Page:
Industrial Health
Online ISSN : 1880-8026
Print ISSN : 0019-8366
ISSN-L : 0019-8366
Original Articles
The impact of meal timing on performance, sleepiness, gastric upset, and hunger during simulated night shift
Crystal Leigh GRANTJillian DORRIANAlison Maree COATESMaja PAJCINDavid John KENNAWAYGary Allen WITTERTLeonie Kaye HEILBRONNChris DELLA VEDOVACharlotte Cecilia GUPTASiobhan BANKS
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2017 Volume 55 Issue 5 Pages 423-436


This study examined the impact of eating during simulated night shift on performance and subjective complaints. Subjects were randomized to eating at night (n=5; 23.2 ± 5.5 y) or not eating at night (n=5; 26.2 ± 6.4 y). All participants were given one sleep opportunity of 8 h (22:00 h-06:00 h) before transitioning to the night shift protocol. During the four days of simulated night shift participants were awake from 16:00 h-10:00 h with a daytime sleep of 6 h (10:00 h-16:00 h). In the simulated night shift protocol, meals were provided at ≈0700 h, 1900 h and 0130 h (eating at night); or ≈0700 h, 0930 h, 1410 h and 1900 h (not eating at night). Subjects completed sleepiness, hunger and gastric complaint scales, a Digit Symbol Substitution Task and a 10-min Psychomotor Vigilance Task. Increased sleepiness and performance impairment was evident in both conditions at 0400 h (p<0.05). Performance impairment at 0400 h was exacerbated when eating at night. Not eating at night was associated with elevated hunger and a small but significant elevation in stomach upset across the night (p<0.026). Eating at night was associated with elevated bloating on night one, which decreased across the protocol. Restricting food intake may limit performance impairments at night. Dietary recommendations to improve night-shift performance must also consider worker comfort.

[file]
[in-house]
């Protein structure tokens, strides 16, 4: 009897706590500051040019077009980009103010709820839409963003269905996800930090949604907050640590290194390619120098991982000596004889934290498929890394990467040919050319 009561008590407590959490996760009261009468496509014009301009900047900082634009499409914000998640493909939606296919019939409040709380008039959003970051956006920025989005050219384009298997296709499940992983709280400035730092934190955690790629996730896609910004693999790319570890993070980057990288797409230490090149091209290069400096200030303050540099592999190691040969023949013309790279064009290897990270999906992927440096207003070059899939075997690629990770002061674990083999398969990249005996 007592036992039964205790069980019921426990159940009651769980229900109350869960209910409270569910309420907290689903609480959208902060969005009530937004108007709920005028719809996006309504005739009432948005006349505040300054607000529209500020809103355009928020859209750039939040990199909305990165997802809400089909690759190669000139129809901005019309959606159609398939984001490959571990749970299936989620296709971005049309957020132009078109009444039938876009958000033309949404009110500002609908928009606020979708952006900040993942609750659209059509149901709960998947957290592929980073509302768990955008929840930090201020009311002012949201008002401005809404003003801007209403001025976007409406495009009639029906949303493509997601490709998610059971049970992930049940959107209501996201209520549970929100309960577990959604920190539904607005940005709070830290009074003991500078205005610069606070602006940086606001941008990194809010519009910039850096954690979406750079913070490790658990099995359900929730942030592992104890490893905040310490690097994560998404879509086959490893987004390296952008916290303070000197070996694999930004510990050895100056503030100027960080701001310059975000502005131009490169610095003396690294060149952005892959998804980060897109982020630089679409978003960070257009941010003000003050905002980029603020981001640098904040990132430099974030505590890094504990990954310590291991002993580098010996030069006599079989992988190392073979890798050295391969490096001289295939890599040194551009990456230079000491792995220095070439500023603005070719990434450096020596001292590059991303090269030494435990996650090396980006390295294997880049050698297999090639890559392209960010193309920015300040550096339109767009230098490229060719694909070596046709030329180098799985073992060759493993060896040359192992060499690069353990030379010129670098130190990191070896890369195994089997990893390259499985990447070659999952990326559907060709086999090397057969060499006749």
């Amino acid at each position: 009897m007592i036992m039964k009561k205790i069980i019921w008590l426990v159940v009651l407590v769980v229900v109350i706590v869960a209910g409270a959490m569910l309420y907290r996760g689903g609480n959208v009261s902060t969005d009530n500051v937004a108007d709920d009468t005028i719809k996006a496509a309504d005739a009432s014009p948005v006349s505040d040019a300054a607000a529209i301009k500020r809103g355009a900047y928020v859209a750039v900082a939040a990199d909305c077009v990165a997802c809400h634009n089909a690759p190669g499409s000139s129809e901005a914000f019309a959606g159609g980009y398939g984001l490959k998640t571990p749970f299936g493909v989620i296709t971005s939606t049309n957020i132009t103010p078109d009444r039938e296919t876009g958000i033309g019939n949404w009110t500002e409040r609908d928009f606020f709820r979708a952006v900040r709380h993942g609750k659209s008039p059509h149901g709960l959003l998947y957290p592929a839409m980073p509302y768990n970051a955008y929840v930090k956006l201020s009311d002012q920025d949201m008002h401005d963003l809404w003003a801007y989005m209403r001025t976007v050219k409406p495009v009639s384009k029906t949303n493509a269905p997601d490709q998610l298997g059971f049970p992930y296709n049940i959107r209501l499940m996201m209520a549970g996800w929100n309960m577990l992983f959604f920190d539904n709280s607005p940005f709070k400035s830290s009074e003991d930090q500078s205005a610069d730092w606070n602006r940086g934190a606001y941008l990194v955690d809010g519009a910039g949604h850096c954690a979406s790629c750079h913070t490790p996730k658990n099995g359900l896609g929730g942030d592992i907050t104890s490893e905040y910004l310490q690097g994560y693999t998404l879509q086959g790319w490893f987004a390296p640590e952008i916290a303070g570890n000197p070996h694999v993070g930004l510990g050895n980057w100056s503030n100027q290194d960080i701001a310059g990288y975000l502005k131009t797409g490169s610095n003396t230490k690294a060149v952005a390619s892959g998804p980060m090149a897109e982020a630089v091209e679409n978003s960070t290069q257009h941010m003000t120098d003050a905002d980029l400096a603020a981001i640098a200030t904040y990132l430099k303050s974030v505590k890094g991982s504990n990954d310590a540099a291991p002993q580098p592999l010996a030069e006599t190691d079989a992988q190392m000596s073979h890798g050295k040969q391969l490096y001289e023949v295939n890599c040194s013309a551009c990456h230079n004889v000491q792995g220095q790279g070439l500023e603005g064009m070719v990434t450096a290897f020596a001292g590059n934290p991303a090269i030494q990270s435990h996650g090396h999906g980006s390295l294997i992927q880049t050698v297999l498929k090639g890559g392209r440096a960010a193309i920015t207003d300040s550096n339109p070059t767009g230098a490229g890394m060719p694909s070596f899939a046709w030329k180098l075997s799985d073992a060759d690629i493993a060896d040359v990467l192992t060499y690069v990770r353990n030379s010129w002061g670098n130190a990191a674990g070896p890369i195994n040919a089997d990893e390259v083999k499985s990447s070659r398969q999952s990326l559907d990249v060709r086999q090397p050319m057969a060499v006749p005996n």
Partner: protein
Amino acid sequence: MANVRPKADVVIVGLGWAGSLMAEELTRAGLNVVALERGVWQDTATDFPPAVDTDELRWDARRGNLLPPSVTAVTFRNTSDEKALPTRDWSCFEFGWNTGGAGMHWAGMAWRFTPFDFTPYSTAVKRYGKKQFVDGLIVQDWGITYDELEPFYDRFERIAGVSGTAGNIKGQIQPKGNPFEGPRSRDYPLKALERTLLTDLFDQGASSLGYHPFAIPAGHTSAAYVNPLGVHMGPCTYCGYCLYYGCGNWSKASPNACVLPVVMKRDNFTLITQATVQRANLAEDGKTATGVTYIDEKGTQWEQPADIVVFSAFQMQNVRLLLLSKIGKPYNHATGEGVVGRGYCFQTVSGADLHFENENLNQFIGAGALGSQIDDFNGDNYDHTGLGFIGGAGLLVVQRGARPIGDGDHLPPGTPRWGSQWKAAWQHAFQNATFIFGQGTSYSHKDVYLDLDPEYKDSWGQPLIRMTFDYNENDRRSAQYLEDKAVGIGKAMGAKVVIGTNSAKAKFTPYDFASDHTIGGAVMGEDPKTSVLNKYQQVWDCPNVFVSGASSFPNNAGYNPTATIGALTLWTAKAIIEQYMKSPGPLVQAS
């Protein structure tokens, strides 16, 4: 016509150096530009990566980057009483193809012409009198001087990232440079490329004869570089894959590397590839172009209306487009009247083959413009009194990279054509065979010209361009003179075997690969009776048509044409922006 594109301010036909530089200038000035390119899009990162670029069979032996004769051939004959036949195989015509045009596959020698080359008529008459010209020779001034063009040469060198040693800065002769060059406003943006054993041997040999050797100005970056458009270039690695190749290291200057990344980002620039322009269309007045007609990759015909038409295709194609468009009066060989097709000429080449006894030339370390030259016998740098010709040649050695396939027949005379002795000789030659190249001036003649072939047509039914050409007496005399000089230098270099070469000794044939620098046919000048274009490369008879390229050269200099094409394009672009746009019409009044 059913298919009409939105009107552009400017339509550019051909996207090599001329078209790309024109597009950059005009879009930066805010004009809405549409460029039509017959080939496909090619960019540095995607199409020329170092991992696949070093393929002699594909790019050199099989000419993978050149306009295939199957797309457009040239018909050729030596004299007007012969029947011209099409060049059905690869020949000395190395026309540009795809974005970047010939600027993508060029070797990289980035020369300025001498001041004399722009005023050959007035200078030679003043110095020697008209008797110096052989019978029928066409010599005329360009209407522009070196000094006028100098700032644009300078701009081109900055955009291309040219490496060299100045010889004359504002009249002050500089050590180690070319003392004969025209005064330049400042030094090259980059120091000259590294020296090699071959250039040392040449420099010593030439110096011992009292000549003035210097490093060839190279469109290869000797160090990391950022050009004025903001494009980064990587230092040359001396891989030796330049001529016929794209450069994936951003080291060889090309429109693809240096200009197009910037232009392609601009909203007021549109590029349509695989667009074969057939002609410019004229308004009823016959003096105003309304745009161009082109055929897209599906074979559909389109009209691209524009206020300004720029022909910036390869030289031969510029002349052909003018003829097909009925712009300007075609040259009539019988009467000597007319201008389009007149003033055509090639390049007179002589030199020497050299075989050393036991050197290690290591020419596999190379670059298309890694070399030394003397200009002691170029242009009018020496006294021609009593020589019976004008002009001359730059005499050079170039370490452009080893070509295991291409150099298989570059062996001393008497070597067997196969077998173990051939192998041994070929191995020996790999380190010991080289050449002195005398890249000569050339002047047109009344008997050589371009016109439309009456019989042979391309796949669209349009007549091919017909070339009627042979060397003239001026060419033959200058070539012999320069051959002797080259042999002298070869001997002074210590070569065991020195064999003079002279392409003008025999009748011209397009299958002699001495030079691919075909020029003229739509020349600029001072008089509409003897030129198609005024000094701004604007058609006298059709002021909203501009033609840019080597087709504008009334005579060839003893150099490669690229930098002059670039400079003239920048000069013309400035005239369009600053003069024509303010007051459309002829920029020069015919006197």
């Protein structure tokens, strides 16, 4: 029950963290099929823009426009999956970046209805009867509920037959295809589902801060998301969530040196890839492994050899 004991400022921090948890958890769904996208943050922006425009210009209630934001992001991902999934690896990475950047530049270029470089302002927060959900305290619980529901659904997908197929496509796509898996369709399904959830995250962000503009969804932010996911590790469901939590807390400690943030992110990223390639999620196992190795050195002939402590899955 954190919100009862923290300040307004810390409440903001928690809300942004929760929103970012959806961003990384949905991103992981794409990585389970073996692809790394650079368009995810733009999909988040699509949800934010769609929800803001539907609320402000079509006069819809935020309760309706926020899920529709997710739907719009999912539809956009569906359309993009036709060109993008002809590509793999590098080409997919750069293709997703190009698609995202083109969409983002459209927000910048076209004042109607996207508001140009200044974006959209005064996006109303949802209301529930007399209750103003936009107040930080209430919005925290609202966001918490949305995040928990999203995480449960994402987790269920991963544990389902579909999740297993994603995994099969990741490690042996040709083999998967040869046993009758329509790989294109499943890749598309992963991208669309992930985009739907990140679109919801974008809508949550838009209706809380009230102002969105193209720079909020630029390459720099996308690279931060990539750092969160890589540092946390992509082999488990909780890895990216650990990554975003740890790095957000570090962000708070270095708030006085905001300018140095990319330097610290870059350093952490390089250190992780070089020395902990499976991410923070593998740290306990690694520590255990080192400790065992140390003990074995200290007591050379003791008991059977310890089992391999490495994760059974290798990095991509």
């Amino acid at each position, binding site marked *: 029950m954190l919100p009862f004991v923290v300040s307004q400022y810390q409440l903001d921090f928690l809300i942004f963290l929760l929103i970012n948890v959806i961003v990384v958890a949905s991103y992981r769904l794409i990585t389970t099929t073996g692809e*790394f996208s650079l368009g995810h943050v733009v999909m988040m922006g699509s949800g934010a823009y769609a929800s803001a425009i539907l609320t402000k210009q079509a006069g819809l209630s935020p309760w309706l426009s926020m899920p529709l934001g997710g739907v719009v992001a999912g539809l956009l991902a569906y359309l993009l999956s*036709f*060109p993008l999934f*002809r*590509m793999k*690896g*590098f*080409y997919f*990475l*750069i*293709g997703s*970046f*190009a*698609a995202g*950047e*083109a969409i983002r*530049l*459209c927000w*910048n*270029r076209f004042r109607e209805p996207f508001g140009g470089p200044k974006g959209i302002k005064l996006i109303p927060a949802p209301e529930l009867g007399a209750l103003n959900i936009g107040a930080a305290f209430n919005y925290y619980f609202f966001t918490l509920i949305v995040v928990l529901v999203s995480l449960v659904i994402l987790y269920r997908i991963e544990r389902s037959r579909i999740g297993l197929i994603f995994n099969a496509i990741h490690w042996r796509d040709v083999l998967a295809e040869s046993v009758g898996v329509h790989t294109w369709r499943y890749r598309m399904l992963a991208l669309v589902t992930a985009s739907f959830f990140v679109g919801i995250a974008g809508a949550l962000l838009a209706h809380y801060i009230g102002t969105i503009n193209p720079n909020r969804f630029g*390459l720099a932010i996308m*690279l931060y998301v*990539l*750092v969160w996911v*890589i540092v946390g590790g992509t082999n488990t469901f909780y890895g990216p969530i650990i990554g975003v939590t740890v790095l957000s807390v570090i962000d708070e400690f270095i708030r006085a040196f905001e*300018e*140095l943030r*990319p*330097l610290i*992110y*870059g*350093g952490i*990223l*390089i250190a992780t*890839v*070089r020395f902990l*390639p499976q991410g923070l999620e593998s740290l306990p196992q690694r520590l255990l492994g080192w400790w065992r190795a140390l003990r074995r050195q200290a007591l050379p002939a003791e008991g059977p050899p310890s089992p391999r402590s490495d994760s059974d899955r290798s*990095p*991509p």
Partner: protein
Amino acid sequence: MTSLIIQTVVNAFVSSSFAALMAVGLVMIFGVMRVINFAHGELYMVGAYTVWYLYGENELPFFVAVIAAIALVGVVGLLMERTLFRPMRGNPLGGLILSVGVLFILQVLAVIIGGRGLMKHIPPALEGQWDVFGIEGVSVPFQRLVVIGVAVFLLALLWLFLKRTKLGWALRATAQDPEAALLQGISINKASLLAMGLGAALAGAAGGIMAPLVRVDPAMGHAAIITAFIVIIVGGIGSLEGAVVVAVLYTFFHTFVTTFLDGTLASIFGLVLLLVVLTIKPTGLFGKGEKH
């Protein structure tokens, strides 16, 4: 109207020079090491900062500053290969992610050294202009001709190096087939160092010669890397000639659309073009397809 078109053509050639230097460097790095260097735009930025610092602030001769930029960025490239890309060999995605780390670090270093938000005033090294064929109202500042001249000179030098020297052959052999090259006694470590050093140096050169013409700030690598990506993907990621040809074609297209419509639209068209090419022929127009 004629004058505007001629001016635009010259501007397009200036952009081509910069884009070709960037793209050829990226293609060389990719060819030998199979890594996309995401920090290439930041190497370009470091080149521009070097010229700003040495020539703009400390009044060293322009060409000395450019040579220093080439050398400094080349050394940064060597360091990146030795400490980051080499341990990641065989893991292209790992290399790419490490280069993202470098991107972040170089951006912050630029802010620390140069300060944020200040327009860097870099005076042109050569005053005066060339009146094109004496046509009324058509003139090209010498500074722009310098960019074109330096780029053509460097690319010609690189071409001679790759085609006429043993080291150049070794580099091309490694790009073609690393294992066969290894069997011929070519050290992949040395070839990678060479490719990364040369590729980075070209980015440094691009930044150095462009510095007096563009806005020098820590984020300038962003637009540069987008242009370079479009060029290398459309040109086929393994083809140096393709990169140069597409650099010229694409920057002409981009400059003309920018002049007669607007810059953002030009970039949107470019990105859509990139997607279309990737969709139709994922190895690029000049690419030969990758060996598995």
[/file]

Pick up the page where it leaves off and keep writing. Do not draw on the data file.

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© 2017 by National Institute of Occupational Safety and Health
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